To make matters worse, the present lack of skilled labour means that day rates for builders have increased significantly. The work from home trend has also meant that many people are making changes at home, which is becoming a more lucrative way for trades to earn cash than being on a larger development site.
Another factor on the horizon is that money is no longer cheap to borrow. The BoE has jumped from 0.1% to 2.5% to 0.5% with other uplifts expected by year-end. This all factors into the underlying profitability of all companies, including new home builders.
Now Mulbury Homes’ accounts from 2019 and 2020 show wafer-thin profit levels and huge debts mounting up, but unfortunately for a number of similar businesses caught up in the covid cycle, where businesses became heavily disrupted, it is likely that Mulbury could be the first of many to flounder unless the Great Leveller Gove and the new housing minister step up to the plate.
Given Michael Gove’s present hard stance over remediation and fire risk problems, which he is looking to the construction industry to shoulder, it is unclear if extra funding to save small and medium building SMEs will be top of his agenda.
The Guild: Lettings sector will see red tape increase over the next eight years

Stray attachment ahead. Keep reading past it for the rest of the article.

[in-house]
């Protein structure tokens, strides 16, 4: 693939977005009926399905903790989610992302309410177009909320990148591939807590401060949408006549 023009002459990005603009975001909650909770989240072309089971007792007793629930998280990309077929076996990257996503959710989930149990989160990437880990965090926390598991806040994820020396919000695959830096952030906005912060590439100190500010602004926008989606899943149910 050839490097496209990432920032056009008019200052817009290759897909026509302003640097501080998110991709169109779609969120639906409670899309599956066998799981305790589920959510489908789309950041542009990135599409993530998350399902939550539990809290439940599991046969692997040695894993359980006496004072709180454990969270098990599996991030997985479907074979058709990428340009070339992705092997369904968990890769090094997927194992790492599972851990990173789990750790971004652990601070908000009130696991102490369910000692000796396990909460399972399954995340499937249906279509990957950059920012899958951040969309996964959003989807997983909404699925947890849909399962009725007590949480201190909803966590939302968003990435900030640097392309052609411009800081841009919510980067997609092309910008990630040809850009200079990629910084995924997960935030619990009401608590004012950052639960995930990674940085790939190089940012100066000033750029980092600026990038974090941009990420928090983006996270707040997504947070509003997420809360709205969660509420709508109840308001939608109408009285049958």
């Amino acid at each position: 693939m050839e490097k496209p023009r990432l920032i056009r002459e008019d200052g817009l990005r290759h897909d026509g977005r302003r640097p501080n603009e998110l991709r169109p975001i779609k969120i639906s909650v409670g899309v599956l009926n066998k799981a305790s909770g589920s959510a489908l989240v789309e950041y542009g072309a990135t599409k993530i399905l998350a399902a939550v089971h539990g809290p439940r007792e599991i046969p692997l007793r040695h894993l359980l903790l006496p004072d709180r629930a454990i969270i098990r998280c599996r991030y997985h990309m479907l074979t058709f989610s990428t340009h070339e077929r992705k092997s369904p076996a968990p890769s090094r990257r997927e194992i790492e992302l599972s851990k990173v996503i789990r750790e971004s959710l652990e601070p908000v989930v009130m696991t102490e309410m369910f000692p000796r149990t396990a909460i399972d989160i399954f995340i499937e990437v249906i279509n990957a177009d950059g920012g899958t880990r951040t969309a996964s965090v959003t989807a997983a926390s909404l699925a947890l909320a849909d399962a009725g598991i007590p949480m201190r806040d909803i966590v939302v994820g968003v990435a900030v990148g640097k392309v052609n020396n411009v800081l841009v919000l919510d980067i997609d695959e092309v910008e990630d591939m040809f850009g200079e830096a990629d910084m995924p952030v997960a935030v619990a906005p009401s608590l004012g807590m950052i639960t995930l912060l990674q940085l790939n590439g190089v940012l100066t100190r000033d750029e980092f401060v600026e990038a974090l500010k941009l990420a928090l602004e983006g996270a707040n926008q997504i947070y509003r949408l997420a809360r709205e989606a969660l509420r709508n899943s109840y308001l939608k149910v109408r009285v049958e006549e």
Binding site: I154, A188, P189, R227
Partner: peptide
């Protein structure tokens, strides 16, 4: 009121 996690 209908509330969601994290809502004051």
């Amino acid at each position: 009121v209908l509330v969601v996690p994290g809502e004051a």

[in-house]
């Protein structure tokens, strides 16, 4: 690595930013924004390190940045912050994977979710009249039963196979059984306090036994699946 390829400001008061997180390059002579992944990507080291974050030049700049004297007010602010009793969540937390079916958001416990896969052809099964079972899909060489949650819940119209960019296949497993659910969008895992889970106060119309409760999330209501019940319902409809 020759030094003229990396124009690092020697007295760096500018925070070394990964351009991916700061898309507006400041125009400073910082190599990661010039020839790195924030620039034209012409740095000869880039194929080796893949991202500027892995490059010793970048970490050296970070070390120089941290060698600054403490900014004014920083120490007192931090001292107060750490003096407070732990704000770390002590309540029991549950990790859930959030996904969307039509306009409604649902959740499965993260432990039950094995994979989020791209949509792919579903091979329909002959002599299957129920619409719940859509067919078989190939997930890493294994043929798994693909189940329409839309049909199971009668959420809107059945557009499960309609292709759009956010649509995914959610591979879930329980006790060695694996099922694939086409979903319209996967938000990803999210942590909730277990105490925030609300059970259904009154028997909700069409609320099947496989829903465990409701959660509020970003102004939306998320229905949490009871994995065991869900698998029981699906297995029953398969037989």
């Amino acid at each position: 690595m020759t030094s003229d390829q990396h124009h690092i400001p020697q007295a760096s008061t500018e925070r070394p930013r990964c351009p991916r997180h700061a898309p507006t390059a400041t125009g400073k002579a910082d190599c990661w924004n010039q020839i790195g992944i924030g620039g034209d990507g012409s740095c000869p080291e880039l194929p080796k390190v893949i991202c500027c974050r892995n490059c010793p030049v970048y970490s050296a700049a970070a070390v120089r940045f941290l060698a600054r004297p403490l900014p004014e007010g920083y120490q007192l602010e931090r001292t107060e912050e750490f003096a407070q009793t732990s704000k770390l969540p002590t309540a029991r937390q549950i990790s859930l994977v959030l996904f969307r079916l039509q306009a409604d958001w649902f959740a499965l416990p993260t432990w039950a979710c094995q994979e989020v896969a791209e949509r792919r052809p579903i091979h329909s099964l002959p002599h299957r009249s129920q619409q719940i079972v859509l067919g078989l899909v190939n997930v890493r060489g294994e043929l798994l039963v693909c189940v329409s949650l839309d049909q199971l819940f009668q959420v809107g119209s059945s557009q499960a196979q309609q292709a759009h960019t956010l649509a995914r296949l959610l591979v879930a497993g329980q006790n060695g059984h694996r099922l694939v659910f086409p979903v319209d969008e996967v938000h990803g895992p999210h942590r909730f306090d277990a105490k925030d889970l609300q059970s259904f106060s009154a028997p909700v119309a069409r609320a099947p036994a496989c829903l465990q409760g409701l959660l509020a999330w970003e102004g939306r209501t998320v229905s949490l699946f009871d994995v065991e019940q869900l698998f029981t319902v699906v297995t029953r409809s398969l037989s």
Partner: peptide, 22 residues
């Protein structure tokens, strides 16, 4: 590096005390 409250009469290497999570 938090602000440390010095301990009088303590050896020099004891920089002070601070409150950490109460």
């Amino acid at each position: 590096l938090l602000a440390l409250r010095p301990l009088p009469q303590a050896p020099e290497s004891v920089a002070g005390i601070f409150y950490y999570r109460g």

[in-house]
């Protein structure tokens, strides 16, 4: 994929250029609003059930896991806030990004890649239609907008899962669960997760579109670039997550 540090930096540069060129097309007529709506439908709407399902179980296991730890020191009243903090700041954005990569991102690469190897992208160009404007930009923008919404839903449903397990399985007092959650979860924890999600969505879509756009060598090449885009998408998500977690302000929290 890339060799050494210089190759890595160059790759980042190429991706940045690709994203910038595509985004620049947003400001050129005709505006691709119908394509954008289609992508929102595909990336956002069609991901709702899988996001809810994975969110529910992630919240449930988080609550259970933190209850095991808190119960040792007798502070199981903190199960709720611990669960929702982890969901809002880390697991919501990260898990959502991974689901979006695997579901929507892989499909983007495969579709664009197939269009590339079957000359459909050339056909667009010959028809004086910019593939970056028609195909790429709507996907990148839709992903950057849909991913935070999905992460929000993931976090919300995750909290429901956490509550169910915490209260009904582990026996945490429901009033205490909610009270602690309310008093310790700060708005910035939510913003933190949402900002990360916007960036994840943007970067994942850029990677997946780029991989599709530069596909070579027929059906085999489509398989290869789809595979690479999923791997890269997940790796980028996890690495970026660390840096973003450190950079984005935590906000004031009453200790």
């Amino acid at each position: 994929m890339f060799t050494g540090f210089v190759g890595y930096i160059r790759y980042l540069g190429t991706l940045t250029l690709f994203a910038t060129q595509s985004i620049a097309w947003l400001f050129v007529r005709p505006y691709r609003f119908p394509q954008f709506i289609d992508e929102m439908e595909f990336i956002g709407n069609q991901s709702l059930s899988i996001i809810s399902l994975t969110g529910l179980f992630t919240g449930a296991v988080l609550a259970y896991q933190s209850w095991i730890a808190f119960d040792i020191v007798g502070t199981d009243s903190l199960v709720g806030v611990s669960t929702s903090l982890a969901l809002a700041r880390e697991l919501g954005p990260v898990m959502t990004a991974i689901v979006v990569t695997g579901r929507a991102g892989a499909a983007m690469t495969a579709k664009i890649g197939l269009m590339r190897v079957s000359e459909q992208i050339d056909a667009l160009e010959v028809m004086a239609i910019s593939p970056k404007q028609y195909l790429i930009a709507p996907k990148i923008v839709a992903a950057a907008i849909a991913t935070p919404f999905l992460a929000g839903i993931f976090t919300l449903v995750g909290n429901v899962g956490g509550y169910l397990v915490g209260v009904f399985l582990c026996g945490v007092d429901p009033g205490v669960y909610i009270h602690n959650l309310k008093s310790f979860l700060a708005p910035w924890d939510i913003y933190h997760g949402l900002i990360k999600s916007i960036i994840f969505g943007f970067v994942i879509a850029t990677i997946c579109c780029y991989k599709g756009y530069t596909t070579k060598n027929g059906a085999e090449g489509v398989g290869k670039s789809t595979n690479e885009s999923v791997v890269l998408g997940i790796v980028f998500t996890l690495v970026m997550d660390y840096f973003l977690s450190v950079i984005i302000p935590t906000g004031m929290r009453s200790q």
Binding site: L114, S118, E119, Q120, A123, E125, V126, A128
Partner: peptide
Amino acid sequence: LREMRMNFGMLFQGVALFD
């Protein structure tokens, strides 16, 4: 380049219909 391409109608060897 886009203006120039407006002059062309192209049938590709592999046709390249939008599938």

It seems that from now up until 2030, lettings agents are going to have their hands full dealing with the legislative changes that will be implemented. This is according to Paul Offley, Compliance Officer at The Guild of Property Professionals, who adds that lettings agents need to be aware of the upcoming changes and prepare so that they will be able to provide their landlords and tenants with the best possible advice.
“In April 2022 changes will be implemented for those who need to complete Right to Rent checks on tenants with the Home Office going digital. The temporary measures which allowed Right to Rent checks to be carried out via video call, and by using photocopies or photos of documents will come to an end. This is in line with the Government’s plan to implement a digital system for reviews. As part of the Right to Rent changes, landlords and agents in England will no longer be able check biometric residence cards or permits manually, applicants will need to prove their Right to Rent with a share code, which agents can check online,” he says.